And the last Alexander silat to.
Future programs in this series will carry on to a greater degree the study of interpretations using as examples compositions for which as many as four artists performing the same work are available now back to the conclusion of today's program with Joseph Hoffman playing the Liszt twelfth wonder in Rhapsody. You have just heard of Joseph Hoffman in his do art recording of the list 12
Hungary and Rhapsody. This has been the legendary pianists. It's a series of recitals from reproducing piano rolls by the great concert pianists of the early 20th century. Your host and commentator on these programs is Dr. Campbell Stout the chairman of the music department of Washington State University. The legendary pianists is produced by Omar Erickson for Washington State University Radio. Here Randall speaking. This is the an a b Radio Network.
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The legendary pianists
Rachmaninoff, Mendelssohn, Liszt
Producing Organization
Washington State University
Contributing Organization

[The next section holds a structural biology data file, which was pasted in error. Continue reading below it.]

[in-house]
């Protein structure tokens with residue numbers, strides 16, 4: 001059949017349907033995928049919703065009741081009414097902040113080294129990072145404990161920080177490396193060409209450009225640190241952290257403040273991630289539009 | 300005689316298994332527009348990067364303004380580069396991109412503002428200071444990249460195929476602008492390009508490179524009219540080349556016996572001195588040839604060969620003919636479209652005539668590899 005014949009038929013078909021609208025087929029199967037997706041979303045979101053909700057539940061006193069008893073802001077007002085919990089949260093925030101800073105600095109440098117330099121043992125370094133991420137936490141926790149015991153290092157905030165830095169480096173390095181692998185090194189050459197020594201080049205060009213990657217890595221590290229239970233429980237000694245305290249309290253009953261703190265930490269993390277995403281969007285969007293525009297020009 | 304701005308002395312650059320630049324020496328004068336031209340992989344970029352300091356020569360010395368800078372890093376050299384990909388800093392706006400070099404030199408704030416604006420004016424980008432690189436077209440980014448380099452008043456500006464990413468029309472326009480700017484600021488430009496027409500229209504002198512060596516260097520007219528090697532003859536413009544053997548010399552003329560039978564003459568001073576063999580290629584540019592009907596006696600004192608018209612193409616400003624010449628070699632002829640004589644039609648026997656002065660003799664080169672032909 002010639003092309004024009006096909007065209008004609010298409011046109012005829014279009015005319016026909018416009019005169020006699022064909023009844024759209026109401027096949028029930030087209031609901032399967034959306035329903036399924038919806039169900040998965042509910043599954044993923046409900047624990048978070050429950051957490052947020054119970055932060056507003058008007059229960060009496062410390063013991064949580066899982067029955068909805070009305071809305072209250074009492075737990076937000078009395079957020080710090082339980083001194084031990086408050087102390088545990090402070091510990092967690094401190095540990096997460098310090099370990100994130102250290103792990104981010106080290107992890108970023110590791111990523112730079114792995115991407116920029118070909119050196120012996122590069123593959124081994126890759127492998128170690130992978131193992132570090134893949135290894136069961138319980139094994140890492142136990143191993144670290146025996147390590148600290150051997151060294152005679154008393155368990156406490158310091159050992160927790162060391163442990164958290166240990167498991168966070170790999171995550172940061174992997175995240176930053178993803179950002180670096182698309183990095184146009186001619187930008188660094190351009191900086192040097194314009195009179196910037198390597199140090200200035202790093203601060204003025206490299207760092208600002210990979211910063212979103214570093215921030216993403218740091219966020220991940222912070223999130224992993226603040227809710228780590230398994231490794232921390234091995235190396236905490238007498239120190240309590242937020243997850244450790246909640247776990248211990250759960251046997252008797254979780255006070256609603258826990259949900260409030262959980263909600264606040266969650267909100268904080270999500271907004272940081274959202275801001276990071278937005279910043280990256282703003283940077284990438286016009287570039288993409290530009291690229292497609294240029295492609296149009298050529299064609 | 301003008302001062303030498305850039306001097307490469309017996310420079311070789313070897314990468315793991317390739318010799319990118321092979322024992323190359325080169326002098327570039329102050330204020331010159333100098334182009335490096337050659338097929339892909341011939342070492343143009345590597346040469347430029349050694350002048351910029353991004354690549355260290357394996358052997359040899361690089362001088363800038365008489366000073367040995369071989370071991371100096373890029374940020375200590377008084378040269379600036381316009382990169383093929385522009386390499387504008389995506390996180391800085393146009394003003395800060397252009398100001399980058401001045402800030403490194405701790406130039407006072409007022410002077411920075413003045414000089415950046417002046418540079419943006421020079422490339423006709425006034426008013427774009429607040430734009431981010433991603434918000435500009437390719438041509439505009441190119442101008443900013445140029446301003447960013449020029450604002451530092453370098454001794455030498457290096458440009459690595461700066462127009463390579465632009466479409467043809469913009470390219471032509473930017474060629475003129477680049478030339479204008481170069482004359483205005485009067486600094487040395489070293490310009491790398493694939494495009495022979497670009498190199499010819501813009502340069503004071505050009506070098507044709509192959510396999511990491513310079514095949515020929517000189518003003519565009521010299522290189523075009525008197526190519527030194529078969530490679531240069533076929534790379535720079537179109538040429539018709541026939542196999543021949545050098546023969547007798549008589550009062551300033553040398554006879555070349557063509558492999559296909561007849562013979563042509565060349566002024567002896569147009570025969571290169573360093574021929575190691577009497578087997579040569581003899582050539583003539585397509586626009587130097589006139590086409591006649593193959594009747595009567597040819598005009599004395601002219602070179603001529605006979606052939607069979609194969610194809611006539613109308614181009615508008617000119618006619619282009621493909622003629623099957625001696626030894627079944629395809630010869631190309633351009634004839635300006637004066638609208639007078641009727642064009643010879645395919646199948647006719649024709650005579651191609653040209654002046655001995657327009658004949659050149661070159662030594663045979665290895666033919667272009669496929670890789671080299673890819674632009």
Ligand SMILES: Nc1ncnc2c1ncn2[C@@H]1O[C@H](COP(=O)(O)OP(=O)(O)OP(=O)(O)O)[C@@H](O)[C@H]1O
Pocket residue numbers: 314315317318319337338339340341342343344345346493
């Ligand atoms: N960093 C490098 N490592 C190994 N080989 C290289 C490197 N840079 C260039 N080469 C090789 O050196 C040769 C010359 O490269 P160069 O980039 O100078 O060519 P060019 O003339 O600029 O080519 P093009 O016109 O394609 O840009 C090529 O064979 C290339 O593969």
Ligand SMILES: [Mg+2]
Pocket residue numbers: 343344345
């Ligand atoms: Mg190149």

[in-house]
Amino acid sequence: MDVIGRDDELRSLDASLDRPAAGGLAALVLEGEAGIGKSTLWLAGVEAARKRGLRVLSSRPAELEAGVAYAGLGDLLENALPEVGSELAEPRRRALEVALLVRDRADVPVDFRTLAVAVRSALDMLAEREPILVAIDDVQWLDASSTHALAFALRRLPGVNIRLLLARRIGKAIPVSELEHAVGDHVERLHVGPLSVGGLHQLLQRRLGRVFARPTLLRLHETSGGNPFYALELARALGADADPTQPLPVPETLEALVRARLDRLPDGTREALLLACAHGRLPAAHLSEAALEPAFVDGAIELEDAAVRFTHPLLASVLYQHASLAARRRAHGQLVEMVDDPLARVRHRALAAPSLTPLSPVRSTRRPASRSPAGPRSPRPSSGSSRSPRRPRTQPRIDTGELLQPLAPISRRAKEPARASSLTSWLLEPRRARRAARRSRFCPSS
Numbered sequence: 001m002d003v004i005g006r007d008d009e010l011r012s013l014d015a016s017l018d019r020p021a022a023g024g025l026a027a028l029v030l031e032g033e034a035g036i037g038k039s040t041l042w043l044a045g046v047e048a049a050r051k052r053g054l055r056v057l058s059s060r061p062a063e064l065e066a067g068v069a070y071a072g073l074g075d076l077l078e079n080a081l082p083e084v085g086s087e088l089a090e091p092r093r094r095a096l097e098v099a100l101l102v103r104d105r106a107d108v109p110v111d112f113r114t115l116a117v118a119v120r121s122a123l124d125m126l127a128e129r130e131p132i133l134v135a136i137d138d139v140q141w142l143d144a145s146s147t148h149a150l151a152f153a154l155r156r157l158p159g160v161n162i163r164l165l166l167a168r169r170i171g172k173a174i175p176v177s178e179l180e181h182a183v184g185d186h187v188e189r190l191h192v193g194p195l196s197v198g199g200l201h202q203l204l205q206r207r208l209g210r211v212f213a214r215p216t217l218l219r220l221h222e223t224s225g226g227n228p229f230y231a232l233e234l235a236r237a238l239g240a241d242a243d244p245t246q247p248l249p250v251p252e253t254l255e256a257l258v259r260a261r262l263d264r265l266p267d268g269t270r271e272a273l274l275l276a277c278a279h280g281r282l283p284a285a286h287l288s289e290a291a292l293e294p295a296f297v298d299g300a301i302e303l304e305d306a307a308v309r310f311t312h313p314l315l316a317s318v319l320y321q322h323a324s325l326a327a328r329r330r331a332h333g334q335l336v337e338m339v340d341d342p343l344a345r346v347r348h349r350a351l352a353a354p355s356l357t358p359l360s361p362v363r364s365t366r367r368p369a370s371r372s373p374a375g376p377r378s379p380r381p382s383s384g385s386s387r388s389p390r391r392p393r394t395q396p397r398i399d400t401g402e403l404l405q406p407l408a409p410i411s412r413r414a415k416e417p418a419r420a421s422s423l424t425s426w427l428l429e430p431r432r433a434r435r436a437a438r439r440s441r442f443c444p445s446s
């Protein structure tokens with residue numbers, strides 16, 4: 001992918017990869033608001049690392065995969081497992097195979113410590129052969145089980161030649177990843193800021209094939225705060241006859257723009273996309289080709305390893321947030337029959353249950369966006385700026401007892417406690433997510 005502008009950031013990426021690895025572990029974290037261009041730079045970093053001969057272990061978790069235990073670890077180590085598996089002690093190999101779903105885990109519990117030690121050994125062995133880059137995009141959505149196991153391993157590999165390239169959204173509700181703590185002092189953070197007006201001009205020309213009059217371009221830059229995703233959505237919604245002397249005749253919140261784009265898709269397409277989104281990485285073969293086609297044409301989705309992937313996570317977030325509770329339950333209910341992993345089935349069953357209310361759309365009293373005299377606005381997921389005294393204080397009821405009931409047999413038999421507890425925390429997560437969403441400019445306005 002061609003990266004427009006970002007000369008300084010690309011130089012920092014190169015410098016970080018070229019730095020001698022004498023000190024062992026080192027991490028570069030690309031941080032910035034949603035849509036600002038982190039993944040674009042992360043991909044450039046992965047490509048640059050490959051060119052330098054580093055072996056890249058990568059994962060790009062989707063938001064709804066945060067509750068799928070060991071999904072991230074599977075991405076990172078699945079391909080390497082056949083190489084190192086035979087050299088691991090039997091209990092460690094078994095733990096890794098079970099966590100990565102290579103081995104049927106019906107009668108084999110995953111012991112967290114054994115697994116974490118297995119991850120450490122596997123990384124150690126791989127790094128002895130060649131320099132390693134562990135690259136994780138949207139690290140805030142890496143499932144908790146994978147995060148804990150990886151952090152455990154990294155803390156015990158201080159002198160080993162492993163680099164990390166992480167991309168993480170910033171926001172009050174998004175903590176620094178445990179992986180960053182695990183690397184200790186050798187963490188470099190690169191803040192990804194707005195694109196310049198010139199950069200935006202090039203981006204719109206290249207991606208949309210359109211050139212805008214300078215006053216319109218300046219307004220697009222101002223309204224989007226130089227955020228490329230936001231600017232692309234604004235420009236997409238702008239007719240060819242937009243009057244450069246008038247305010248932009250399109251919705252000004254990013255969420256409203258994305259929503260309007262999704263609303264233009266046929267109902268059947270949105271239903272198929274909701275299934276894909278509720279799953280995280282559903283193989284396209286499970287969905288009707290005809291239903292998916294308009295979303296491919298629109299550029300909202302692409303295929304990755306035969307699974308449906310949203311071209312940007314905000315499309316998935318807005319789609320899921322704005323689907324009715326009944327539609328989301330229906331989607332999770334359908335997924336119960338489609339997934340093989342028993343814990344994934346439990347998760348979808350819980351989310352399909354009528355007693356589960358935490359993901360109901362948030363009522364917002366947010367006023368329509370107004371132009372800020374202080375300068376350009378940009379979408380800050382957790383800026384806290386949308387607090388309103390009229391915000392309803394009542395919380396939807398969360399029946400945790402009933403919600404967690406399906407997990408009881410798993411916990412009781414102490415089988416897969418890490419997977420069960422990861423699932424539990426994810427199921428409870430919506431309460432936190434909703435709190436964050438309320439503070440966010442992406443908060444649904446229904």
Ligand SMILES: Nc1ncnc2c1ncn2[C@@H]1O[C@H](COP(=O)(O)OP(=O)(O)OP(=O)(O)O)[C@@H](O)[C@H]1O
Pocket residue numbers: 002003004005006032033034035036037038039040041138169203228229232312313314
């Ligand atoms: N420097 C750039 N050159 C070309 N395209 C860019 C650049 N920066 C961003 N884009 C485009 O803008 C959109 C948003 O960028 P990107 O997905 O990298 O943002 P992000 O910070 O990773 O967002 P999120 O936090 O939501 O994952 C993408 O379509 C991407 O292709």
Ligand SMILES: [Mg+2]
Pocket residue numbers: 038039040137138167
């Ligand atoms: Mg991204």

University of Maryland (College Park, Maryland)
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Episode Description
Josef Hofmann performs works by Rachmaninoff, Mendelssohn and Liszt.
Series Description
Music by great early-twentieth century concert pianists who produced Duo-Art piano roll recordings before advent of electronic recording.
Broadcast Date
Media type
Host: Stout, Kemble, 1916-
Performer: Grainger, Percy, 1882-1961
Performer: Hofmann, Josef, 1876-1957
Performer: Siloti, Alexander, 1863-1945
Producing Organization: Washington State University
AAPB Contributor Holdings
University of Maryland
Identifier: 62-8-2 (National Association of Educational Broadcasters)
Format: 1/4 inch audio tape
Duration: 00:29:25
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Chicago: “The legendary pianists; Rachmaninoff, Mendelssohn, Liszt,” 1961-12-14, University of Maryland, American Archive of Public Broadcasting (GBH and the Library of Congress), Boston, MA and Washington, DC, accessed June 21, 2024,
MLA: “The legendary pianists; Rachmaninoff, Mendelssohn, Liszt.” 1961-12-14. University of Maryland, American Archive of Public Broadcasting (GBH and the Library of Congress), Boston, MA and Washington, DC. Web. June 21, 2024. <>.
APA: The legendary pianists; Rachmaninoff, Mendelssohn, Liszt. Boston, MA: University of Maryland, American Archive of Public Broadcasting (GBH and the Library of Congress), Boston, MA and Washington, DC. Retrieved from